Program Essentials: Supplier Management

partnership (2)It ain’t sexy. It ain’t rocket science. And it ain’t new to the industry.

But it’s absolutely foundational to any well-run contingent workforce program.

PREMIUM RESEARCH: Evolution of Supplier Management Strategies

A program can have the fanciest vendor management system (VMS), an impressive program team, the best training and most streamlined of processes, but if they don’t have a strategic supply base, then all else is almost for naught. That company will have a well tracked, efficient, risk adverse, service-with-a-smile failing program because at the end of the day, the ultimate goal is to bring in talented resources. Thoughtful supplier management is a basic essential to a successful contingent workforce program.

Staffing suppliers, VMSs and MSPs can sell the tactical and strategic mechanisms behind supplier base strategy, but before program owners buy, approve or create their own roadmap, they need to understand and articulate their company’s talent acquisition strategy and priorities. How does a company want to attract contingent resources so that they can quickly meet their company’s needs and project goals?

There are many questions for program owners to consider, a few examples are below:

  • What is their FTE talent acquisition strategy?
    • Does their contingent workforce talent strategy mirror, augment or differ from their FTE strategy?
    • In what ways?
  • Does their program include U.S. and non-U.S. regions?
    • If a global program, is the talent acquisition strategy for the U.S. the same for all countries?
  • Do you want to facilitate one supplier strategy or many per region? Per U.S. region or international regions?
    • Do you have the resources and support structure to support multiple strategies? i.e. onsite premise, master vendor, competitive bidding, tiering, etc
  • How many suppliers does the program currently have?
    • How much rogue spend do you estimate to go around the program?
    • What regions may need supply base augmentation vs optimization?
    • Does your team want national firms, niche firms, a blend of both?
  • What skill sets does your current supply base cover?
    • Easily? With difficulty? Not currently covering?
    • Are their skill sets with too much, or unnecessary, competition and others with none?
    • Are the current suppliers performing? Where?
      • Are they currently being measured or tracked for fill rate, quality or time?
    • Does your team prefer to spread volume across many vendors or prefer to contain volume to leverage discounts?
  • Are you setting your staffing suppliers up for success?
    • Are you allowing access to managers or does the MSP facilitate communication?
    • Does your MSP or program team facilitate communication in a timely manner?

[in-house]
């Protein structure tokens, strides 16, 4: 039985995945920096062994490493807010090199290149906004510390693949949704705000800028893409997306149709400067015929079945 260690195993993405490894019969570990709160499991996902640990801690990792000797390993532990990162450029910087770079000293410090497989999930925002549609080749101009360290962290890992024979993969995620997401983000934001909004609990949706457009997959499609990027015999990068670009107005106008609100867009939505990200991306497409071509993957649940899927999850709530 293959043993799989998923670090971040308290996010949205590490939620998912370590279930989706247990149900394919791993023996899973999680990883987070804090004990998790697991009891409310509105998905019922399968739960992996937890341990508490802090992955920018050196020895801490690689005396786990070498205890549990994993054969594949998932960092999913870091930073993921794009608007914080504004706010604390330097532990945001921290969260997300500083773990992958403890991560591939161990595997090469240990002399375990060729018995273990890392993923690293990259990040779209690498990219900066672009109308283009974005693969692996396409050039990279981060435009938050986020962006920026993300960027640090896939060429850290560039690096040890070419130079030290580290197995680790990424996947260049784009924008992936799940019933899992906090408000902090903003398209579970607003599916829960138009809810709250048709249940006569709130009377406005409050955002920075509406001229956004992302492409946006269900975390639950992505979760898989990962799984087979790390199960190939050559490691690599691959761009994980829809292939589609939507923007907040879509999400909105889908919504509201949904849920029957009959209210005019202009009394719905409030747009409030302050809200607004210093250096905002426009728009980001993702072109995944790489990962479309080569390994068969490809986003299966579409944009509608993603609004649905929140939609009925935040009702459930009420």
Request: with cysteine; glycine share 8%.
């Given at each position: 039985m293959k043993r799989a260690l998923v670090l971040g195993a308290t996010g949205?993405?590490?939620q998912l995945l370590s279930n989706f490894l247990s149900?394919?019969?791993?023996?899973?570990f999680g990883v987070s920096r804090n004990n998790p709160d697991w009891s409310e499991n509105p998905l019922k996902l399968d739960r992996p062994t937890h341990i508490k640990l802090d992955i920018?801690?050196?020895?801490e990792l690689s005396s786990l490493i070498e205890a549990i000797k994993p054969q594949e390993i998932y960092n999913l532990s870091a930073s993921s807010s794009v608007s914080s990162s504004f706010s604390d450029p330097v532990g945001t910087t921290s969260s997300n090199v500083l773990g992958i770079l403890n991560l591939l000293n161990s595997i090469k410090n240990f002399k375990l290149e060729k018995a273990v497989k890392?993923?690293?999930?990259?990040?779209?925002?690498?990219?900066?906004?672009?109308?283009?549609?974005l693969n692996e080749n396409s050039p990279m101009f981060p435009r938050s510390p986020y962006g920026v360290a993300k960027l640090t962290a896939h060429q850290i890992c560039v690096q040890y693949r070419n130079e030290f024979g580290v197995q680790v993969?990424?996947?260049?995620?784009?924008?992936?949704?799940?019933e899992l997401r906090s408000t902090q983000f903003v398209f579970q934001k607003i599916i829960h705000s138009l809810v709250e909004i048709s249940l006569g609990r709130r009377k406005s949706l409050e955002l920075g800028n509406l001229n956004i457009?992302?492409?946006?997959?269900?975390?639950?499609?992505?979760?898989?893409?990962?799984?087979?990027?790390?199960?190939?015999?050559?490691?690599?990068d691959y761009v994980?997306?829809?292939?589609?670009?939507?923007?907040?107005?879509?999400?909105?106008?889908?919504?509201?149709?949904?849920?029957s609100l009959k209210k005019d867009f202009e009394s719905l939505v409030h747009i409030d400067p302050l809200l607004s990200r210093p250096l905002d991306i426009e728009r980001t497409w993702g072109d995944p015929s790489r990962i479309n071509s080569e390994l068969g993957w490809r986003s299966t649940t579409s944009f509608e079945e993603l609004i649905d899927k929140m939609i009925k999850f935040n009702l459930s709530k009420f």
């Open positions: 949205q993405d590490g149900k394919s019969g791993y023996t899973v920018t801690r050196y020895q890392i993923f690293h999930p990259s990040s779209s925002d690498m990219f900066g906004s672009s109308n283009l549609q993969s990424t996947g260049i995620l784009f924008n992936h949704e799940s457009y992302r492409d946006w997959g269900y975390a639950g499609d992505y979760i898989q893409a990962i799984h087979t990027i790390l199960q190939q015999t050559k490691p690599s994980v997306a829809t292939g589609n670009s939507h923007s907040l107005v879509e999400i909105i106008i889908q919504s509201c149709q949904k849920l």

• Do your suppliers know what “success” means at your company?
    • Is there too much or not enough competition among requisitions?
    • Does the supplier feel like a partner or a commodity to your company?
    • Do your staffing suppliers understand and trust your program strategy?
    • Are suppliers able to provide feedback to your team? Does your program listen?

The last category of questions is one that has often been overlooked, with the assumption that suppliers will do what needs to be done to keep the business. However, as contingent workforce programs have grown and matured, so have staffing suppliers. Suppliers now look to work with companies that treat them as a partner, give clear and consistent communication, play fair, have a face (a partnership cannot just be from behind a desk!), and where they believe they can work successfully. Suppliers and recruiters want to work with contingent workforce programs where they have a chance to succeed, shine and be heard. Programs where suppliers are treated as commodities and are interchangeable run the risk of having top quality candidates being submitted to other programs because of a better relationship. Markups go a long way but partnership and clarity of program can go further.

Staffing suppliers provide the support to success and the formula of failure to a contingent workforce program. If your supplier team can fill your requisitions and manager needs, all the other infrastructure that comes with CW management makes sense. If they don’t, all else falls away. Well thought-out and derived supplier management sets the tone of your program for your managers. Opening a requisition quickly means less to a manager if once it’s opened, it stays open.

 MORE: Hiring Manager? Not at This Tech Giant

Erika Novak

Erika Novak
Erika Novak (Halverson) is senior manager of global contingent workforce solutions and strategies at LinkedIn.

Erika Novak

Share This Post


Related Articles

Powered by ·